As time goes by, norms and conventions also begin to emerge that allow the entire group to function more efficiently in this space. As analysts compare work (A simple process – everyone is in the same room!), some patterns begin to emerge as well. Ideas, leads and sources are exchanged rapidly and efficiently leading to new analytic pathways to be explored by the rapidly gelling team.

At some point, remarkably early in the process, at both the individual and the group level, this shared team space has obviously proven its worth. It's where the action is. If you want the latest, you go to the room. If you want to know if someone already has the answer to a question of fact, you go to the room. If you want some help with a particularly tricky analytic method, you go to the room. Ad hoc sub-teams can easily form to work on particular issues -- the information necessary to get started on virtually any new project is all in one place. Most importantly, once something is put in the room, no one else has to go find it. It is all there.

As the project nears its end, the team gets the word: The senior leaders are coming down to the room to get the results! The team reorganizes itself one last time to finalize the product and prepare the space for presentation. Old documents and old versions of documents are thrown away or hidden. The team prints fresh maps, annotated appropriately, and the old maps with all of the notes and scribbles are discarded or put away. A clean copy of the final report gets printed. The space gets organized for the final show and tell.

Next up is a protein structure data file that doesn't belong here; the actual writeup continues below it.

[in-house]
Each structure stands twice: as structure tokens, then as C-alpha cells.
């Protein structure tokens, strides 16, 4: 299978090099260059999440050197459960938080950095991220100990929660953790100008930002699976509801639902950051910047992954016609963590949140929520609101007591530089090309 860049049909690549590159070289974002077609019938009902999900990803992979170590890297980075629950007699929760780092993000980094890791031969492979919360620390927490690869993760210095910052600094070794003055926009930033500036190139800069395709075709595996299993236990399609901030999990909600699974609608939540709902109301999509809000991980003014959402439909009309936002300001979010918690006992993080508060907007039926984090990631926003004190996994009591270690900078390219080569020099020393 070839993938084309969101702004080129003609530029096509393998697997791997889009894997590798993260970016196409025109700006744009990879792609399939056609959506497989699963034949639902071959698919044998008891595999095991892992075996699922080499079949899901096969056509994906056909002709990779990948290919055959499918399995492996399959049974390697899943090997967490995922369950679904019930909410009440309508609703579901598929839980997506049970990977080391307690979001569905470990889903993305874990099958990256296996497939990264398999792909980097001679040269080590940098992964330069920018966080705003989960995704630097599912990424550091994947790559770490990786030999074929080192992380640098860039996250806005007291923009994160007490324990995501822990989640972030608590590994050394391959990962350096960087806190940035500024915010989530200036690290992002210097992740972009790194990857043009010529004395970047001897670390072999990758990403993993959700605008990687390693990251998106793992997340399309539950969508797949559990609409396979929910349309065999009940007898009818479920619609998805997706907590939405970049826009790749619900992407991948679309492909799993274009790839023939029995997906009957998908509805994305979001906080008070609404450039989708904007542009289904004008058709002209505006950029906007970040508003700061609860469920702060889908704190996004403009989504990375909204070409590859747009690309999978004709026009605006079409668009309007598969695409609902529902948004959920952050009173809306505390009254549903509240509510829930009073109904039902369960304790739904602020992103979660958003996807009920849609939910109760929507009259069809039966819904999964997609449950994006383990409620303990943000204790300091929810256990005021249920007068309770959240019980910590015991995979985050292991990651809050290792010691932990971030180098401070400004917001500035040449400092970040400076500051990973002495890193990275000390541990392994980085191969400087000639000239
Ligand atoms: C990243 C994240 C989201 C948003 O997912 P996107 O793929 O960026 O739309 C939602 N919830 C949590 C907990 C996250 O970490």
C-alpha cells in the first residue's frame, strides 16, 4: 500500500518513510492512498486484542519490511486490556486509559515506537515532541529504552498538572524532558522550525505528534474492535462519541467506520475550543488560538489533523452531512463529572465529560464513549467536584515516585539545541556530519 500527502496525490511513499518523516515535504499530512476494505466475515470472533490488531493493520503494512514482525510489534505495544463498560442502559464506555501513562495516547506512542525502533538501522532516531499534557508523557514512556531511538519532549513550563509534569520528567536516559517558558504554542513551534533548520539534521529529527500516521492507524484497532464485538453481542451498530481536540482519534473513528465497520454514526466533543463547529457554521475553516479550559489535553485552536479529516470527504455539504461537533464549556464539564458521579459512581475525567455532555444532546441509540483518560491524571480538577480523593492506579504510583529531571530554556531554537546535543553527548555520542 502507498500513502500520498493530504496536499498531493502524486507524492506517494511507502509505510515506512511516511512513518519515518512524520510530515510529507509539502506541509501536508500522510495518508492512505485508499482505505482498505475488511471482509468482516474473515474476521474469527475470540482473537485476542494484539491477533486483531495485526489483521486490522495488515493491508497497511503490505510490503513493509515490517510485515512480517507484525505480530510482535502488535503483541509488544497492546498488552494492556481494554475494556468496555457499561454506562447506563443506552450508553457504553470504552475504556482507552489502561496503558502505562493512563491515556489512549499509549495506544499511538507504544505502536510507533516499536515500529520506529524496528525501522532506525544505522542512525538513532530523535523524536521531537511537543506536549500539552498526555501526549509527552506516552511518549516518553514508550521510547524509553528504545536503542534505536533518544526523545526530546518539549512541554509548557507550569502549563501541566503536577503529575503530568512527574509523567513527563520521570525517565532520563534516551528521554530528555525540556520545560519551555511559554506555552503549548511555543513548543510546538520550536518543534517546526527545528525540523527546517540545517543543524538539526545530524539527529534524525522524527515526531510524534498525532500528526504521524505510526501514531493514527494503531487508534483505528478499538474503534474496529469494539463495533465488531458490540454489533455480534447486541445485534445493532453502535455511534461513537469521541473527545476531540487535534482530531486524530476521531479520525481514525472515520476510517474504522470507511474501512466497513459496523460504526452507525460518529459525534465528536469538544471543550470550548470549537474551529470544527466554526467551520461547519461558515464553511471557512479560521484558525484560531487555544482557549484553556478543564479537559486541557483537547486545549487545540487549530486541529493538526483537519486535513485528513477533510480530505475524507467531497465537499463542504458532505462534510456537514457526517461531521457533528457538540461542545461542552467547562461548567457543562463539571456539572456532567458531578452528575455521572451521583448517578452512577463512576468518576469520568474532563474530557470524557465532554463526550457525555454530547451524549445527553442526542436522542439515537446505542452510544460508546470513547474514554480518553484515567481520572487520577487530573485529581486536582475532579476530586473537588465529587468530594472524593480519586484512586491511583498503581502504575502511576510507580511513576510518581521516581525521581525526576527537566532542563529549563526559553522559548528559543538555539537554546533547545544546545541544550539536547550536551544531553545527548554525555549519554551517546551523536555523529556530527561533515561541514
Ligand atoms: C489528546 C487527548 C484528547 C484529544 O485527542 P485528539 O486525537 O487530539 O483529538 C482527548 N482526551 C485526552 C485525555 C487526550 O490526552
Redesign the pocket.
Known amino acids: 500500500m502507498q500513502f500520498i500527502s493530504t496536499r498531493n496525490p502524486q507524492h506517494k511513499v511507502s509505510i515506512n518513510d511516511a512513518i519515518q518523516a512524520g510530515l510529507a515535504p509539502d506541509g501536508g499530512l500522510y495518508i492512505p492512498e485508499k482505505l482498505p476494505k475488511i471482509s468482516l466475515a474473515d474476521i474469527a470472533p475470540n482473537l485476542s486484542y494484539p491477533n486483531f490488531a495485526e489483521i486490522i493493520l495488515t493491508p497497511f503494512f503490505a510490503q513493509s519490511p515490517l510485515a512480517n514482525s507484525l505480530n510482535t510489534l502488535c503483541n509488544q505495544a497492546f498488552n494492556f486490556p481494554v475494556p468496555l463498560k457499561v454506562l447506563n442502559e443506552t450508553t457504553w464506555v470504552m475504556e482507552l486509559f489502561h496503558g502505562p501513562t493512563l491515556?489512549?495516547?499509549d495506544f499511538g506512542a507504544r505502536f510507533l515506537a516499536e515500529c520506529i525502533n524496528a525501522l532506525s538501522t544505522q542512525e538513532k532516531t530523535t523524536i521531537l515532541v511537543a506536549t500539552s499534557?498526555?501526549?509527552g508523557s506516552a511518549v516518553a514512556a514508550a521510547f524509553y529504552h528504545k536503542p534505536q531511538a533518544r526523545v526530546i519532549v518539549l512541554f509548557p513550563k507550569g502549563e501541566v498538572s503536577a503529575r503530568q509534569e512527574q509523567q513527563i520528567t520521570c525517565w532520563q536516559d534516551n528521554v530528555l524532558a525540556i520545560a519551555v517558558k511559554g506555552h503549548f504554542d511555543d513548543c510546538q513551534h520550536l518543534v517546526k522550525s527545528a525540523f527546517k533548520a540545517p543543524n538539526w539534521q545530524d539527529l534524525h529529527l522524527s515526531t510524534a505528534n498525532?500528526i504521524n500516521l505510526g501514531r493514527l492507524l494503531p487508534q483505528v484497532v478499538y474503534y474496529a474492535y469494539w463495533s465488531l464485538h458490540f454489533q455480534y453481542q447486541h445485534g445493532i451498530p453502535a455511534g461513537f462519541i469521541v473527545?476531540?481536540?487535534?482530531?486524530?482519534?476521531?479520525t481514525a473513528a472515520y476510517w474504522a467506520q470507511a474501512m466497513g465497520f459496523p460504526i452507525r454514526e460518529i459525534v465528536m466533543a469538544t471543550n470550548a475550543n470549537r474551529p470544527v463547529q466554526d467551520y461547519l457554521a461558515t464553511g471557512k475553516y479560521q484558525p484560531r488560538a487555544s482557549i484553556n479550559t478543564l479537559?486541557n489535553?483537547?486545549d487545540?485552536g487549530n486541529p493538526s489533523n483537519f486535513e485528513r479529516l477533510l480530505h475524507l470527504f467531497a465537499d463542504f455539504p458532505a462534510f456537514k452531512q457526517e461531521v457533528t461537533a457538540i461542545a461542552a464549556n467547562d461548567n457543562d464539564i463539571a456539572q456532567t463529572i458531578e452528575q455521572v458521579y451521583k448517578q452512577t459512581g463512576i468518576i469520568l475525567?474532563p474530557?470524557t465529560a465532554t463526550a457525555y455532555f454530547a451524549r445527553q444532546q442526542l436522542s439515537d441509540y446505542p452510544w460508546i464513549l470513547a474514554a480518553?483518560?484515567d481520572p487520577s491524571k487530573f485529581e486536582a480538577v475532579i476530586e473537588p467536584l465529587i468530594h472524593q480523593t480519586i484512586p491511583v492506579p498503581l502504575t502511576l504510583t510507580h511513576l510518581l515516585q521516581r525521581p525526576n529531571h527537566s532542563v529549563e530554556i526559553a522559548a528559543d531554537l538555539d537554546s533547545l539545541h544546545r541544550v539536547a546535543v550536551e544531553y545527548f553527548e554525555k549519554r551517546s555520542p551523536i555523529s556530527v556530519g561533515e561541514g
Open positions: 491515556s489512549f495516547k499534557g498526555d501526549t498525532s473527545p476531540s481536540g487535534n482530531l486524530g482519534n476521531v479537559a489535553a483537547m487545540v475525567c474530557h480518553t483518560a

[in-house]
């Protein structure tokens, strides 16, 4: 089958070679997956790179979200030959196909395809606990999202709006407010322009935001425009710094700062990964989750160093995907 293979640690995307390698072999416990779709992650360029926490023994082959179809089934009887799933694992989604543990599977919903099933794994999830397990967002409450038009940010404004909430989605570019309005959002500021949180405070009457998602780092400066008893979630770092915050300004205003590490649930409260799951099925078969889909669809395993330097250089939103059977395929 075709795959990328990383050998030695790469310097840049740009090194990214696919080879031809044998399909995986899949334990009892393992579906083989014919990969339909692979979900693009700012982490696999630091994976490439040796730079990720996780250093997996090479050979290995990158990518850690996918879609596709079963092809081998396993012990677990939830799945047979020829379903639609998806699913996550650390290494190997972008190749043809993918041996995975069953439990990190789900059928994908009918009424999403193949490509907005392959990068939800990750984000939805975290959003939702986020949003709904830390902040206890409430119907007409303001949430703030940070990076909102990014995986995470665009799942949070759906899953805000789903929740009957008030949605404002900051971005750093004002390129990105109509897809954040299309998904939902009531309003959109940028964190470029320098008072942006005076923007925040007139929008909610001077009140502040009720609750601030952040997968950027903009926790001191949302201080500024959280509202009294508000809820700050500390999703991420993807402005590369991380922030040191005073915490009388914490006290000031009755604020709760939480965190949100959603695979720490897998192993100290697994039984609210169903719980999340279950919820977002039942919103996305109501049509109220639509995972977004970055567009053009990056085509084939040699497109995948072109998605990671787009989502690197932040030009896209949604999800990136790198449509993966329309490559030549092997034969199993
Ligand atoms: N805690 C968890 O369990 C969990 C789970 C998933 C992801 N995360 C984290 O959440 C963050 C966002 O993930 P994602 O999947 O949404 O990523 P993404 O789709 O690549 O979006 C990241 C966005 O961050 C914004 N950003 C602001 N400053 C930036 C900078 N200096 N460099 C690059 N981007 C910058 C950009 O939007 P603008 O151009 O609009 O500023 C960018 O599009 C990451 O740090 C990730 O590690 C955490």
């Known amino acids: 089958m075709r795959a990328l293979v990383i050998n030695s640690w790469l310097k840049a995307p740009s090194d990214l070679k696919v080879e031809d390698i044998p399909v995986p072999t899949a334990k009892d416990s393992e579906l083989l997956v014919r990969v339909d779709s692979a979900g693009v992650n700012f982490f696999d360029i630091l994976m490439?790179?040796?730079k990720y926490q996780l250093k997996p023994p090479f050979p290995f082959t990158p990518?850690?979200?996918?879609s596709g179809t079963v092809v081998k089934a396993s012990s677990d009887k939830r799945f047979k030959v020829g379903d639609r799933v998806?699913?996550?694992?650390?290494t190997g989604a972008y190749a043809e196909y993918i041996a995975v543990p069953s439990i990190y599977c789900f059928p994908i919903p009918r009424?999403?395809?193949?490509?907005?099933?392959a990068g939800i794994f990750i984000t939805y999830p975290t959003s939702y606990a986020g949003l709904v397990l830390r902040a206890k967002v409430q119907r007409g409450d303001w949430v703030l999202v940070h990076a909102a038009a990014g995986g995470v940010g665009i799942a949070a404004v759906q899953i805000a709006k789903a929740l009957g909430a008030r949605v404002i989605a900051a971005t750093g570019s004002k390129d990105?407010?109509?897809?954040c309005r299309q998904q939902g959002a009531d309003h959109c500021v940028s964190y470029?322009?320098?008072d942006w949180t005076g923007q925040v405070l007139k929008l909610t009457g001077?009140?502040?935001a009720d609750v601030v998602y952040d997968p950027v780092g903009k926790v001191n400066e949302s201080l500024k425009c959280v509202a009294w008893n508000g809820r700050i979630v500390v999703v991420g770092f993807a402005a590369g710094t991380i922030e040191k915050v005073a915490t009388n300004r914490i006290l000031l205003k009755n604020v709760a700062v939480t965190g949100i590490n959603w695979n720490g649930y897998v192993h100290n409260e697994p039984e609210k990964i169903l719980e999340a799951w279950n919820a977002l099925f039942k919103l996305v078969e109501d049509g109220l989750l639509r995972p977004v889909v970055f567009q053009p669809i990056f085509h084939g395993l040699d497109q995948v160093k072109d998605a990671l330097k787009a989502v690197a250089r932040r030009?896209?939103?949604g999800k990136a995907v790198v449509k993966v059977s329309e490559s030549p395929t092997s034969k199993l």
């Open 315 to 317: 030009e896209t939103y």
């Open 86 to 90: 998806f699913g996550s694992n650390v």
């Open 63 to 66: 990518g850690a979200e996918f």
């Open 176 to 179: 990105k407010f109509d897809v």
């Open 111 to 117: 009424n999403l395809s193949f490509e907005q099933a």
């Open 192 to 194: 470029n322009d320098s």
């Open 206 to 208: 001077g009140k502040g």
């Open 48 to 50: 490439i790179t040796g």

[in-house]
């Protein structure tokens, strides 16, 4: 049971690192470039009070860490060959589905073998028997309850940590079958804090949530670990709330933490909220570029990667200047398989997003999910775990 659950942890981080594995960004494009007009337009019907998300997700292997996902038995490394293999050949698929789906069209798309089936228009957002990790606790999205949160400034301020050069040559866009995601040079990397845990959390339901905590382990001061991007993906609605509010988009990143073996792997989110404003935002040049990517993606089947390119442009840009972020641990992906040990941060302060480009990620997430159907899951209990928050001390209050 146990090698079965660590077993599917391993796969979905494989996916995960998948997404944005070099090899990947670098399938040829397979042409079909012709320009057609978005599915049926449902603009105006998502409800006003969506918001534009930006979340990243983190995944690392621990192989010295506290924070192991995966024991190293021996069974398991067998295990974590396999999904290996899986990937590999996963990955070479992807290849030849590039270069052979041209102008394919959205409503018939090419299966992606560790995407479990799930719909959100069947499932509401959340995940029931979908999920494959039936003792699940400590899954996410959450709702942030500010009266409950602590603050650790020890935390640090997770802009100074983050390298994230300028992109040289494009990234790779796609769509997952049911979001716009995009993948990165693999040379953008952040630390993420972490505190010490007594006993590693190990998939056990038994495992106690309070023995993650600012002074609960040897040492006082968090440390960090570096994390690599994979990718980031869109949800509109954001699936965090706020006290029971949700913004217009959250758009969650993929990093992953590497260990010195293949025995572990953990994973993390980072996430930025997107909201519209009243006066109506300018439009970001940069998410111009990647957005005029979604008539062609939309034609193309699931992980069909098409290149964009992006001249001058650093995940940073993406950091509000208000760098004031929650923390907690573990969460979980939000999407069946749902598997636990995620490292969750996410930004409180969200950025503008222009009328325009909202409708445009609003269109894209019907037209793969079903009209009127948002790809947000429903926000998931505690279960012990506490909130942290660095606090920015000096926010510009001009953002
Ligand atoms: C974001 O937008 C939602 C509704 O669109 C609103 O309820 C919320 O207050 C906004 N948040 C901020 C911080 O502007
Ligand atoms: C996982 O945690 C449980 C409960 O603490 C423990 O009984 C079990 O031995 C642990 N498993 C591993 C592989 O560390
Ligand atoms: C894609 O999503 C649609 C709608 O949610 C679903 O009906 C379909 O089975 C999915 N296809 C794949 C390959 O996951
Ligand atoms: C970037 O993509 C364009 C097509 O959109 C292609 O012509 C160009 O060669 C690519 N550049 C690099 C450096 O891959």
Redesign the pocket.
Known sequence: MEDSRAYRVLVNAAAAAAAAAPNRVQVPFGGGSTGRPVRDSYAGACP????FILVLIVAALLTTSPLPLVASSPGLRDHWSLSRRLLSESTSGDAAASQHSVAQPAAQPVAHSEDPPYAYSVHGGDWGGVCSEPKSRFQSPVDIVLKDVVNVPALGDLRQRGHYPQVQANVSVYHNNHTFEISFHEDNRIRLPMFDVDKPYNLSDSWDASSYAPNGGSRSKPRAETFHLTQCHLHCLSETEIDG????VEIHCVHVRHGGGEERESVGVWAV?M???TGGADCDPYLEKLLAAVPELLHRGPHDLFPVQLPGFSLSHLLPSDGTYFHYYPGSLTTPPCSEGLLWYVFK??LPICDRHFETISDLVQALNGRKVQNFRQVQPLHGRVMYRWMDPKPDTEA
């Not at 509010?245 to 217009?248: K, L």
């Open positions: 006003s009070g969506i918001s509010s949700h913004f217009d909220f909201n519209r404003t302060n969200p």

Surprisingly, the decisionmakers like the room, too. It is better than the sterile presentations they are used to getting. Of course, they are interested in the bottomline results and appreciate all of the work the team has put into the final product, but they like being able to walk around the (cleaned up) room and see other things that the analysts have been working on. They like being able to look at some of the details of the analyst’s work, to examine the sources firsthand. Their increased understanding of the process adds credibility to the final estimative conclusions. In the end, they turn to their executive assistants and say, “We need to do more of these kind of briefings”.

Yep. A wiki is pretty much just like that.


Tom Algoe Hilbert College said...


Thanks so much for the great series on wikis. (And thanks for the great blog in general, it has become a part of my daily routine - such a diversity of information.) This Tuesday, I will introduce the research groups in my class to the wikis they will use to complete their strategic research projects. Should be great fun!! I'll keep you posted on the progress and results. -- Tom Algoe

Kristan J. Wheaton said...


Good luck with your wiki project! I hope your students learn as much as mine did!